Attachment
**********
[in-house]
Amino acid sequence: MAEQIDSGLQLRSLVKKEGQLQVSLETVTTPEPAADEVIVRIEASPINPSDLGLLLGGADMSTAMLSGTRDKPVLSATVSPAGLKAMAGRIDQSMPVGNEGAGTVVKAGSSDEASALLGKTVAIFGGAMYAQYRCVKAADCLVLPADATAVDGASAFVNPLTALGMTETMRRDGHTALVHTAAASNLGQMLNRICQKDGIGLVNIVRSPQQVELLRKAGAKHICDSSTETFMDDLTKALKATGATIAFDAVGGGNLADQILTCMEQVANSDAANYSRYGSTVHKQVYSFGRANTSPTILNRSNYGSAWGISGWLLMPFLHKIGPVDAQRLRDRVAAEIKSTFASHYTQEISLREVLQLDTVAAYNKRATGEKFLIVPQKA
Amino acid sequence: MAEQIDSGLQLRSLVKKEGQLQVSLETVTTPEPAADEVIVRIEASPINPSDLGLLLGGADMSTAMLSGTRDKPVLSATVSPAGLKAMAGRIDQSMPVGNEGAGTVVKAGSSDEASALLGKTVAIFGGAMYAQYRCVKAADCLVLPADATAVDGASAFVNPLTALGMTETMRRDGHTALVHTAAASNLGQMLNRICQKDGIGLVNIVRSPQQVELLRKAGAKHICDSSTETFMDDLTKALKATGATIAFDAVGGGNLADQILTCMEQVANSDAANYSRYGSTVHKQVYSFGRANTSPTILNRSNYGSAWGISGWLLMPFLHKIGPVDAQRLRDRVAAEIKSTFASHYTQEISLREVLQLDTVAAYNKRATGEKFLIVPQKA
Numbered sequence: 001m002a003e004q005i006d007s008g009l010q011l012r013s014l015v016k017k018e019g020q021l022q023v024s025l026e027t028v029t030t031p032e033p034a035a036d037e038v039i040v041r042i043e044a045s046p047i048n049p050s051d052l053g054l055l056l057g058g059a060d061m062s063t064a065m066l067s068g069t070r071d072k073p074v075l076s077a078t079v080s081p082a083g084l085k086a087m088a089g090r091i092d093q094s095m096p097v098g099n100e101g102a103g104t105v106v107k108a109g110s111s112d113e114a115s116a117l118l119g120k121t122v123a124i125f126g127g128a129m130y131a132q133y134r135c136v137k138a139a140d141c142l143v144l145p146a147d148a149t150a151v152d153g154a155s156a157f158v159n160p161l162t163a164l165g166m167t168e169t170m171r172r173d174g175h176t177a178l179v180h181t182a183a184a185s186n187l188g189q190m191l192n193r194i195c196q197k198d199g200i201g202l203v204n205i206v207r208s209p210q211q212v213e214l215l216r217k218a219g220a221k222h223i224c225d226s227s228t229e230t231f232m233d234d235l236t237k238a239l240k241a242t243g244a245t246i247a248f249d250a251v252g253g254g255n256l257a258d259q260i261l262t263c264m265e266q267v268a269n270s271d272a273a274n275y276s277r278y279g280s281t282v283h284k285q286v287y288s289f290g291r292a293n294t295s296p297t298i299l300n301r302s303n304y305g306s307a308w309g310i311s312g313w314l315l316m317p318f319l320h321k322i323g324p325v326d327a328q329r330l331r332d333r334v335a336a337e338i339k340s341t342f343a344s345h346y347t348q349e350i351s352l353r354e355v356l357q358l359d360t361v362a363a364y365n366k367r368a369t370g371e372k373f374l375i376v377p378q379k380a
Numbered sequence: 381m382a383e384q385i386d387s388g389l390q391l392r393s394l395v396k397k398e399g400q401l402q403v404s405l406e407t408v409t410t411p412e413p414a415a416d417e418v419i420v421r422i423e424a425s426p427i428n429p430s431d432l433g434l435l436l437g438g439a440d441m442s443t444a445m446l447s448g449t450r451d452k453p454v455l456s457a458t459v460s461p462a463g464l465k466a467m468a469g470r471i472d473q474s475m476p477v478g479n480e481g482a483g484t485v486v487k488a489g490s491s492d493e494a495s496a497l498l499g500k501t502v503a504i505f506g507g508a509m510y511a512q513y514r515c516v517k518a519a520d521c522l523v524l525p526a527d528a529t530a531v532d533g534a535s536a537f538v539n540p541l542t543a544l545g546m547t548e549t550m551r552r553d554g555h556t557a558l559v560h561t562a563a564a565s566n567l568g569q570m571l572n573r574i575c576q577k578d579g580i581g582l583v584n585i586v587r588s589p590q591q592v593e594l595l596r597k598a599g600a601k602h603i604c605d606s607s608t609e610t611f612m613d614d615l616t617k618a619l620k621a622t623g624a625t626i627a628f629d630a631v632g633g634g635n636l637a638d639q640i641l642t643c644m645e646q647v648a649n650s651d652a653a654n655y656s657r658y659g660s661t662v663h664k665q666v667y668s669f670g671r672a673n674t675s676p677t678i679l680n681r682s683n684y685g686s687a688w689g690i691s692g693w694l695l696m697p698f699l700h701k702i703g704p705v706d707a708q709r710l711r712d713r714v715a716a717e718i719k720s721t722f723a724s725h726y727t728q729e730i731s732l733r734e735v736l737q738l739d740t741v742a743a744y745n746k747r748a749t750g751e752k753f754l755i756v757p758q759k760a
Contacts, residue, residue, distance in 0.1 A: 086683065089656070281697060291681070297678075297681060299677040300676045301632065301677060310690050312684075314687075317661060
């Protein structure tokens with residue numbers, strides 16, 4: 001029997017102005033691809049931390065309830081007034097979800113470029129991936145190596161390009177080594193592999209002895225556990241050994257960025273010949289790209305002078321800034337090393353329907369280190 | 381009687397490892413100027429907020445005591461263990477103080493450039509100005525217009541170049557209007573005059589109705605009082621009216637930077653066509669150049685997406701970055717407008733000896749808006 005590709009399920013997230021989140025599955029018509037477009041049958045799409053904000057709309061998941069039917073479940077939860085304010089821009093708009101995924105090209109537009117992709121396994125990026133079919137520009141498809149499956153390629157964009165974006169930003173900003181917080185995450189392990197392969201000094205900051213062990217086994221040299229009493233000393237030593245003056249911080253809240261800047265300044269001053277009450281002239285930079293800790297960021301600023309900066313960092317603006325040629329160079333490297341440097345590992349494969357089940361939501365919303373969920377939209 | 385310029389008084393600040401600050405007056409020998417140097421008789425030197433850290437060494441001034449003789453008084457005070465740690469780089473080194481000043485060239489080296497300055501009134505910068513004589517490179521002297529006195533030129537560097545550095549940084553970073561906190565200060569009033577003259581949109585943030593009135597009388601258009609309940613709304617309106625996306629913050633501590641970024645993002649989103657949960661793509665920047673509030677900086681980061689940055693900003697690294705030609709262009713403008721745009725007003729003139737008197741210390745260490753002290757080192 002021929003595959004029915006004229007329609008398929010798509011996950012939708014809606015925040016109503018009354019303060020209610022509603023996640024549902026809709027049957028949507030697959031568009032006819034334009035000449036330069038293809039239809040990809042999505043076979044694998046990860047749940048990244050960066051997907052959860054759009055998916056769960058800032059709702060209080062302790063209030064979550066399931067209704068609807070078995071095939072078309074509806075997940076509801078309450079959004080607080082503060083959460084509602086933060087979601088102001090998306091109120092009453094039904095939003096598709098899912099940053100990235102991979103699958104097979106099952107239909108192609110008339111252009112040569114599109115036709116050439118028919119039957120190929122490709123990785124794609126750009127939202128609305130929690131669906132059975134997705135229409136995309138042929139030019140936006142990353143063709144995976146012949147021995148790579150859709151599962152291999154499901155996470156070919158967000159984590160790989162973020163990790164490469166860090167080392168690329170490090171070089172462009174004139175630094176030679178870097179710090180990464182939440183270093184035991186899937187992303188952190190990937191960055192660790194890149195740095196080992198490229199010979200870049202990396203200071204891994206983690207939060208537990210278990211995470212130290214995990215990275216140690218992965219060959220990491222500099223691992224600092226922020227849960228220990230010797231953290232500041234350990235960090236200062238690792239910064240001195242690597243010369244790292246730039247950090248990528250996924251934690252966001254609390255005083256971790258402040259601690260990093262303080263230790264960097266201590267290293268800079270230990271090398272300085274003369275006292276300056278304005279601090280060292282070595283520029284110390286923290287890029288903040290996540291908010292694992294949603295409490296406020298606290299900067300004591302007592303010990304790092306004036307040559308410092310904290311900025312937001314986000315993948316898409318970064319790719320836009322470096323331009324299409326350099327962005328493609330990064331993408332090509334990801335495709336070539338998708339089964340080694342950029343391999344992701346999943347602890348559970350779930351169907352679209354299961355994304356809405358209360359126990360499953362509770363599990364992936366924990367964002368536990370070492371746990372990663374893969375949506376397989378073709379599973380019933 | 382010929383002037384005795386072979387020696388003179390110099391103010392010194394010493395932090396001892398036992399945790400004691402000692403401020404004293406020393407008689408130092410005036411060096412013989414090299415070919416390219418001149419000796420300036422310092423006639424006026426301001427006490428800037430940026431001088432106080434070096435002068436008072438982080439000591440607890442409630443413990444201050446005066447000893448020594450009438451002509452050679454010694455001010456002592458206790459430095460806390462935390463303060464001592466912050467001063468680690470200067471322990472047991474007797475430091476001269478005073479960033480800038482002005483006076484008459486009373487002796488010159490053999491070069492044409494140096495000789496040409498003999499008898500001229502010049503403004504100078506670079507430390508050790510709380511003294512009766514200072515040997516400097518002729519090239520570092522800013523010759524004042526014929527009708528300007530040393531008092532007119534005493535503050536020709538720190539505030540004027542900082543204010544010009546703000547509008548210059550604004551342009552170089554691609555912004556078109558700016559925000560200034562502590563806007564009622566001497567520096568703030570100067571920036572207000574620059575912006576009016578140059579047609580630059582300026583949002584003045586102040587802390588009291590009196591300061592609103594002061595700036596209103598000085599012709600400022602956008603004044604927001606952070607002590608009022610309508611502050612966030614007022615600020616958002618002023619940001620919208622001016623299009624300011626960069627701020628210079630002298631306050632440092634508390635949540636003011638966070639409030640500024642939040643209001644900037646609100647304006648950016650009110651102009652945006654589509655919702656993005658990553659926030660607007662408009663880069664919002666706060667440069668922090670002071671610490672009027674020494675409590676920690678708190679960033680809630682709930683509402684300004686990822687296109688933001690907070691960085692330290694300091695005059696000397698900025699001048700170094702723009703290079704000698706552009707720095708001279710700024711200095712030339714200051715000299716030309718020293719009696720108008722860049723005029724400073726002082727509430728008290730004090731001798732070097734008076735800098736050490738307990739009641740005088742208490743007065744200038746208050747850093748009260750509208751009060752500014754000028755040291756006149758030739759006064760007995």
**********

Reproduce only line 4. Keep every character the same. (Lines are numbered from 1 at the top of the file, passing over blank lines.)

Numbered sequence: 001m002a003e004q005i006d007s008g009l010q011l012r013s014l015v016k017k018e019g020q021l022q023v024s025l026e027t028v029t030t031p032e033p034a035a036d037e038v039i040v041r042i043e044a045s046p047i048n049p050s051d052l053g054l055l056l057g058g059a060d061m062s063t064a065m066l067s068g069t070r071d072k073p074v075l076s077a078t079v080s081p082a083g084l085k086a087m088a089g090r091i092d093q094s095m096p097v098g099n100e101g102a103g104t105v106v107k108a109g110s111s112d113e114a115s116a117l118l119g120k121t122v123a124i125f126g127g128a129m130y131a132q133y134r135c136v137k138a139a140d141c142l143v144l145p146a147d148a149t150a151v152d153g154a155s156a157f158v159n160p161l162t163a164l165g166m167t168e169t170m171r172r173d174g175h176t177a178l179v180h181t182a183a184a185s186n187l188g189q190m191l192n193r194i195c196q197k198d199g200i201g202l203v204n205i206v207r208s209p210q211q212v213e214l215l216r217k218a219g220a221k222h223i224c225d226s227s228t229e230t231f232m233d234d235l236t237k238a239l240k241a242t243g244a245t246i247a248f249d250a251v252g253g254g255n256l257a258d259q260i261l262t263c264m265e266q267v268a269n270s271d272a273a274n275y276s277r278y279g280s281t282v283h284k285q286v287y288s289f290g291r292a293n294t295s296p297t298i299l300n301r302s303n304y305g306s307a308w309g310i311s312g313w314l315l316m317p318f319l320h321k322i323g324p325v326d327a328q329r330l331r332d333r334v335a336a337e338i339k340s341t342f343a344s345h346y347t348q349e350i351s352l353r354e355v356l357q358l359d360t361v362a363a364y365n366k367r368a369t370g371e372k373f374l375i376v377p378q379k380a